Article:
In this case, the data dictionary queries/updates (FILE$, SYSAUTH$, UNDO$, SEG$, COL_USAGE$) were all because of the pattern of operations. (FILE$ to identify the file for the extent allocation, SEG$ to update the table segment information with each new extent added, SYSAUTH$ for the privileges, UNDO$ for the undo segment and COL_USAGE$ to update column usage on queries.


With respect to the second response about the data dictionary stats and object stats, these were not an issue here.
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05 July, 2011

Multiple Channels in RMAN are not always balanced

Occasionally, we come across questions about multiple channels and parallelism in RMAN.
Although RMAN distributes the datafiles across the channels, it doesn't necessarily mean that each channel has the same I/O requirements and needs the same amount of time. One channel may be reading more data and writing a larger backup than another.


For example, in this database with 16 datafiles where data is not equally distributed across all the datafiles :

SQL> select file_id, sum(blocks) from dba_extents group by file_id order by 1;

FILE_ID SUM(BLOCKS)
---------- -----------
1 105632
2 122320
3 259880
4 18864
5 8952
13 152
14 31368
15 2912
16 2336
17 8

10 rows selected.

SQL>


I then run an RMAN backup with two channels :

RMAN> show device type;

RMAN configuration parameters for database with db_unique_name ORCL are:
CONFIGURE DEVICE TYPE DISK PARALLELISM 2 BACKUP TYPE TO BACKUPSET;

RMAN>

RMAN> backup as compressed backupset database;

Starting backup at 05_JUL_23_02_29
allocated channel: ORA_DISK_1
channel ORA_DISK_1: SID=1 device type=DISK
allocated channel: ORA_DISK_2
channel ORA_DISK_2: SID=39 device type=DISK
channel ORA_DISK_1: starting compressed full datafile backup set
channel ORA_DISK_1: specifying datafile(s) in backup set
input datafile file number=00003 name=/home/oracle/app/oracle/oradata/orcl/undotbs01.dbf
input datafile file number=00014 name=/addtl/oracle/oradata/orcl/hemant01.dbf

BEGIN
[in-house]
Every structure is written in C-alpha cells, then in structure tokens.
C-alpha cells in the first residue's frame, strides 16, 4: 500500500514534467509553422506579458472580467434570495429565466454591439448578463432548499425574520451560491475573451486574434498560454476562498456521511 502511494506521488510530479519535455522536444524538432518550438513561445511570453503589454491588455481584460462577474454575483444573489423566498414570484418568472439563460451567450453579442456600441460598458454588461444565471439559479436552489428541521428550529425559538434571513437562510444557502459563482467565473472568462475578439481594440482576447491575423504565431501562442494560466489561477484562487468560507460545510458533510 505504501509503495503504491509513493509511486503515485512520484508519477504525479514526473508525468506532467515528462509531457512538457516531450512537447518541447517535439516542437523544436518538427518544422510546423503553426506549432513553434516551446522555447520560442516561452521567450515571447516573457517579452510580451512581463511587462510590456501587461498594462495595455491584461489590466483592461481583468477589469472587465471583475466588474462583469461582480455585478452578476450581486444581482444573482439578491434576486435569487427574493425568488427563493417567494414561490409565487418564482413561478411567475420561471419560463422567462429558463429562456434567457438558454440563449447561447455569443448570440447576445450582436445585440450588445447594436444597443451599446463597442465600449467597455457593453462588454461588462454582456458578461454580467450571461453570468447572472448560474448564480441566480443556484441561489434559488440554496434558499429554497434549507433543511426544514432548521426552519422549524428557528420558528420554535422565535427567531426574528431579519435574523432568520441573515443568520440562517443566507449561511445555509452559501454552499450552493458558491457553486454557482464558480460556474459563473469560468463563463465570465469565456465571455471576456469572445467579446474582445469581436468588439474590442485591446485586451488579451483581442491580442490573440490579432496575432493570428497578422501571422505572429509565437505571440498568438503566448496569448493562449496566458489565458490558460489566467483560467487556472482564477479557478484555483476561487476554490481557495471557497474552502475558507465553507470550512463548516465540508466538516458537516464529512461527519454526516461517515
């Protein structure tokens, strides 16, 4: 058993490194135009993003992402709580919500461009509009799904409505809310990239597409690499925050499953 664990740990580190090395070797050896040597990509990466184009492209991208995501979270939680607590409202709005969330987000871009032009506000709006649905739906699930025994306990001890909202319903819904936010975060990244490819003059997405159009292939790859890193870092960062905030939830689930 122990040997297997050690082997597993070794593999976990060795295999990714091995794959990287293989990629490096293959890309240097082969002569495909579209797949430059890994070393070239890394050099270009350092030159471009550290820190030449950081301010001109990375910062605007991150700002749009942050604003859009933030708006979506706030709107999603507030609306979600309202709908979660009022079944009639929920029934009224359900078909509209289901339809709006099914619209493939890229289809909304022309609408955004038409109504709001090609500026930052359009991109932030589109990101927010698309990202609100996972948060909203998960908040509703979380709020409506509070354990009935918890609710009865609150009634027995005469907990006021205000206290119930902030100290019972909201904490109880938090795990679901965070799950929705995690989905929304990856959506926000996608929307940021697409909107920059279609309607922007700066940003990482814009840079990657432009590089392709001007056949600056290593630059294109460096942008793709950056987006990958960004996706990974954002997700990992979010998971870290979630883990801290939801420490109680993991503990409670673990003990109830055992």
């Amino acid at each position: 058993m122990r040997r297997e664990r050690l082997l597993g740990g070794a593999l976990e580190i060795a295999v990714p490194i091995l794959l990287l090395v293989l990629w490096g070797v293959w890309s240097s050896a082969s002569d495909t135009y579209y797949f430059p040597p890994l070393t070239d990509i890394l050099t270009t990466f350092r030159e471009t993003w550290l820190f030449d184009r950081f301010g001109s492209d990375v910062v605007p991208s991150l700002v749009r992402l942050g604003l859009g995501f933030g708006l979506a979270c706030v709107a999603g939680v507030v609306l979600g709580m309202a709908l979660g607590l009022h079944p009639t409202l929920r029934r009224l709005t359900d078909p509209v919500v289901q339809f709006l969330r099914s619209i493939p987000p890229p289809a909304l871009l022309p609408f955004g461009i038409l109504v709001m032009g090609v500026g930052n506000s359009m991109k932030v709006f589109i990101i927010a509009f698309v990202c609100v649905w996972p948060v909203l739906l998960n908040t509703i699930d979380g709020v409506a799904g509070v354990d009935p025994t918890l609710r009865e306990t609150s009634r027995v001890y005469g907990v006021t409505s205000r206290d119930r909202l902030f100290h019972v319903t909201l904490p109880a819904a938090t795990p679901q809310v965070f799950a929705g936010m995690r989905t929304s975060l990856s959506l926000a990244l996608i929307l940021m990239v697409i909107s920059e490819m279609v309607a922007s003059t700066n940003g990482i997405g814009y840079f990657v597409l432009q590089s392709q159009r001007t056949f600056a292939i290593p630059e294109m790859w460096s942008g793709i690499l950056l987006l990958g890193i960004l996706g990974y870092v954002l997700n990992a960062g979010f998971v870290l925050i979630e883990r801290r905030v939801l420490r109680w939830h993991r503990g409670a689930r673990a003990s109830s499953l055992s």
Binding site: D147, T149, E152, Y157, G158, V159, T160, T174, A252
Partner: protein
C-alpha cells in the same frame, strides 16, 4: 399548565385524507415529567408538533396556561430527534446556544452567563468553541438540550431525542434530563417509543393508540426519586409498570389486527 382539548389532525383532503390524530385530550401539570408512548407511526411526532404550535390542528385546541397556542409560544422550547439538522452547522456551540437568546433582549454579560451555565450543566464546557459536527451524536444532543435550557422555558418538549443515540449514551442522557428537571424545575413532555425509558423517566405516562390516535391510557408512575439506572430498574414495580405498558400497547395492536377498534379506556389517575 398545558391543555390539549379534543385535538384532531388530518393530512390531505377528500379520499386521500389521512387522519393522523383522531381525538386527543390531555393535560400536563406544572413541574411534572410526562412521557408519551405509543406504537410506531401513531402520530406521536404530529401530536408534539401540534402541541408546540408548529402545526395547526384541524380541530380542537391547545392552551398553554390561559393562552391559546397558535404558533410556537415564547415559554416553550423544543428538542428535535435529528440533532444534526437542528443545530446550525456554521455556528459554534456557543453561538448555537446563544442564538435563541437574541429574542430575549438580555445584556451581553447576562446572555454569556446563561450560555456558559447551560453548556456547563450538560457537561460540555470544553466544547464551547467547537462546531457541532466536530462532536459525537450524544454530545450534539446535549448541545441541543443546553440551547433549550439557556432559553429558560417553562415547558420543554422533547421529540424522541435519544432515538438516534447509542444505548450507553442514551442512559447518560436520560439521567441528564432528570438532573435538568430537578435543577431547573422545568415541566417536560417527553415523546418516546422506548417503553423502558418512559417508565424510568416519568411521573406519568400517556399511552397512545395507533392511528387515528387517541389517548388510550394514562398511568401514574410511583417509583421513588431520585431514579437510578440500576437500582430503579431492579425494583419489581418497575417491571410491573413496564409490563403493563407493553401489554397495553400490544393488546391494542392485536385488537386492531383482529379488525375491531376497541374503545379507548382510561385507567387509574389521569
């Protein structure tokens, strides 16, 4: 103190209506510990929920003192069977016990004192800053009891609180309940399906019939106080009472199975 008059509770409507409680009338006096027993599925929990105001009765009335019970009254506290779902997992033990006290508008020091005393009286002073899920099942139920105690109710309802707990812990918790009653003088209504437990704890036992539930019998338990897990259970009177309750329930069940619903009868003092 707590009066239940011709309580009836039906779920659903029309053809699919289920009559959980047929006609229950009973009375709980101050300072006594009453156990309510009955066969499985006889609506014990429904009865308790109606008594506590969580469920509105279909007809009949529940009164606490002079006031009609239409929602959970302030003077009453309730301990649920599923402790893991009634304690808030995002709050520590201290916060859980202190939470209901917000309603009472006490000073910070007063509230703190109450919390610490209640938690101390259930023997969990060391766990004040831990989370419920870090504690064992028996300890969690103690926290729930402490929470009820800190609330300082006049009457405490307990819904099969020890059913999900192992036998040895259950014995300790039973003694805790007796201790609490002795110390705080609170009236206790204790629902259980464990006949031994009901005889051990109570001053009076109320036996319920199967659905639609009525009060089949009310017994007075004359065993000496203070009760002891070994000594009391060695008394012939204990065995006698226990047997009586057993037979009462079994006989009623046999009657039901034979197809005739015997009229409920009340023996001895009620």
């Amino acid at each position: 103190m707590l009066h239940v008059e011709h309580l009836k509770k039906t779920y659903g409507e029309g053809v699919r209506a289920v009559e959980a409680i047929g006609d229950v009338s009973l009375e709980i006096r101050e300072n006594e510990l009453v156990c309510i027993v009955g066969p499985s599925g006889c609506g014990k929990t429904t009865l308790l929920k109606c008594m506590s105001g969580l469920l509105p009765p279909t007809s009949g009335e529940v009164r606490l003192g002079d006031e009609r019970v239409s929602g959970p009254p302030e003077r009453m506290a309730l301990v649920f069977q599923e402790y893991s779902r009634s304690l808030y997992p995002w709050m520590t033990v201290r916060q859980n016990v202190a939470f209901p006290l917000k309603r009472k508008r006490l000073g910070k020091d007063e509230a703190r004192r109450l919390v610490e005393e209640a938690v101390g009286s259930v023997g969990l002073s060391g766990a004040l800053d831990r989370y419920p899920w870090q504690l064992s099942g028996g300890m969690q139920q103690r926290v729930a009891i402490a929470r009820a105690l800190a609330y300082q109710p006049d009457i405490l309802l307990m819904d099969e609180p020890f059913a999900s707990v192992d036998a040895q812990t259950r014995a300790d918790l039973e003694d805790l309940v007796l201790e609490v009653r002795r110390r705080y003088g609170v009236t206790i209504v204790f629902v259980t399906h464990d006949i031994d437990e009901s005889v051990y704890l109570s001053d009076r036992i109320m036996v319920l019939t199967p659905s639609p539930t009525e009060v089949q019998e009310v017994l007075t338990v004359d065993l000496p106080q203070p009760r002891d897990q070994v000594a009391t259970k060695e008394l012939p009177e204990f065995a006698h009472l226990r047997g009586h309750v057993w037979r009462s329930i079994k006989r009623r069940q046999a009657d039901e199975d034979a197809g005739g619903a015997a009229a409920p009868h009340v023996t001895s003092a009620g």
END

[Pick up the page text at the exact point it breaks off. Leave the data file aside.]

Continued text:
input datafile file number=00016 name=/addtl/oracle/oradata/orcl/Uniform_64KB.dbf
input datafile file number=00015 name=/addtl/oracle/oradata/orcl/UNDO.dbf
input datafile file number=00017 name=/usr/tmp/X.dbf
input datafile file number=00002 name=/home/oracle/app/oracle/oradata/orcl/sysaux01.dbf
input datafile file number=00001 name=/home/oracle/app/oracle/oradata/orcl/system01.dbf
input datafile file number=00004 name=/home/oracle/app/oracle/oradata/orcl/users01.dbf
input datafile file number=00005 name=/home/oracle/app/oracle/oradata/orcl/example01.dbf
channel ORA_DISK_1: starting piece 1 at 05_JUL_23_02_32
channel ORA_DISK_2: starting compressed full datafile backup set
channel ORA_DISK_2: specifying datafile(s) in backup set
input datafile file number=00006 name=/home/oracle/app/oracle/oradata/orcl/FLOW_1046101119510758.dbf
input datafile file number=00007 name=/home/oracle/app/oracle/oradata/orcl/FLOW_1146416395631714.dbf
input datafile file number=00008 name=/home/oracle/app/oracle/oradata/orcl/FLOW_1170420963682633.dbf
input datafile file number=00009 name=/home/oracle/app/oracle/oradata/orcl/FLOW_1194425963955800.dbf
input datafile file number=00010 name=/home/oracle/app/oracle/oradata/orcl/FLOW_1218408858999342.dbf
input datafile file number=00011 name=/home/oracle/app/oracle/oradata/orcl/FLOW_1242310449730067.dbf
input datafile file number=00012 name=/home/oracle/app/oracle/oradata/orcl/FLOW_1266412439758696.dbf
input datafile file number=00013 name=/home/oracle/app/oracle/oradata/orcl/APEX_1295922881855015.dbf
channel ORA_DISK_2: starting piece 1 at 05_JUL_23_02_33
channel ORA_DISK_2: finished piece 1 at 05_JUL_23_02_40
piece handle=/addtl/oracle/flash_recovery_area/ORCL/backupset/2011_07_05/o1_mf_nnndf_TAG20110705T230230_7169w9t3_.bkp tag=TAG20110705T230230 comment=NONE
channel ORA_DISK_2: backup set complete, elapsed time: 00:00:07
channel ORA_DISK_1: finished piece 1 at 05_JUL_23_06_40
piece handle=/addtl/oracle/flash_recovery_area/ORCL/backupset/2011_07_05/o1_mf_nnndf_TAG20110705T230230_7169w8s7_.bkp tag=TAG20110705T230230 comment=NONE
channel ORA_DISK_1: backup set complete, elapsed time: 00:04:08
Finished backup at 05_JUL_23_06_40


So, Channel ORA_DISK_2 did a backup of 8 datafiles in 7seconds while Channel ORA_DISK_1 took 248 seconds to run a backup of 9 datafiles !

The next time you wonder why one RMAN channel takes a longer time than the other ..... ask yourself if the two channels have been given the same amount of "work" to do.

In my case, Channel ORA_DISK_2 had to backup data from 152 blocks only but Channel ORA_DISK_1 had to backup data from 551,104 blocks (*assuming* that there are no "empty" blocks that were formerly part of used extents but are now free extents) :

SQL> select file_id, sum(blocks) from dba_extents
2 where file_id in
3 (select file_id from dba_data_files
4 where (file_name like '%FLOW%' or file_name like '%APEX%')
5 )
6 group by file_id
7 order by file_id
8 /

FILE_ID SUM(BLOCKS)
---------- -----------
13 152
-----------
sum 152

SQL> select file_id, sum(blocks) from dba_extents
2 where file_id not in
3 (select file_id from dba_data_files
4 where (file_name like '%FLOW%' or file_name like '%APEX%')
5 )
6 group by file_id
7 order by file_id
8 /

FILE_ID SUM(BLOCKS)
---------- -----------
1 105632
2 121032
3 259880
4 18864
5 8952
14 31368
15 3032
16 2336
17 8
-----------
sum 551104

9 rows selected.

SQL>
SQL> select sum(space) from dba_recyclebin;

SUM(SPACE)
----------
0

SQL>



Question : What can you do to address this "imbalance" ?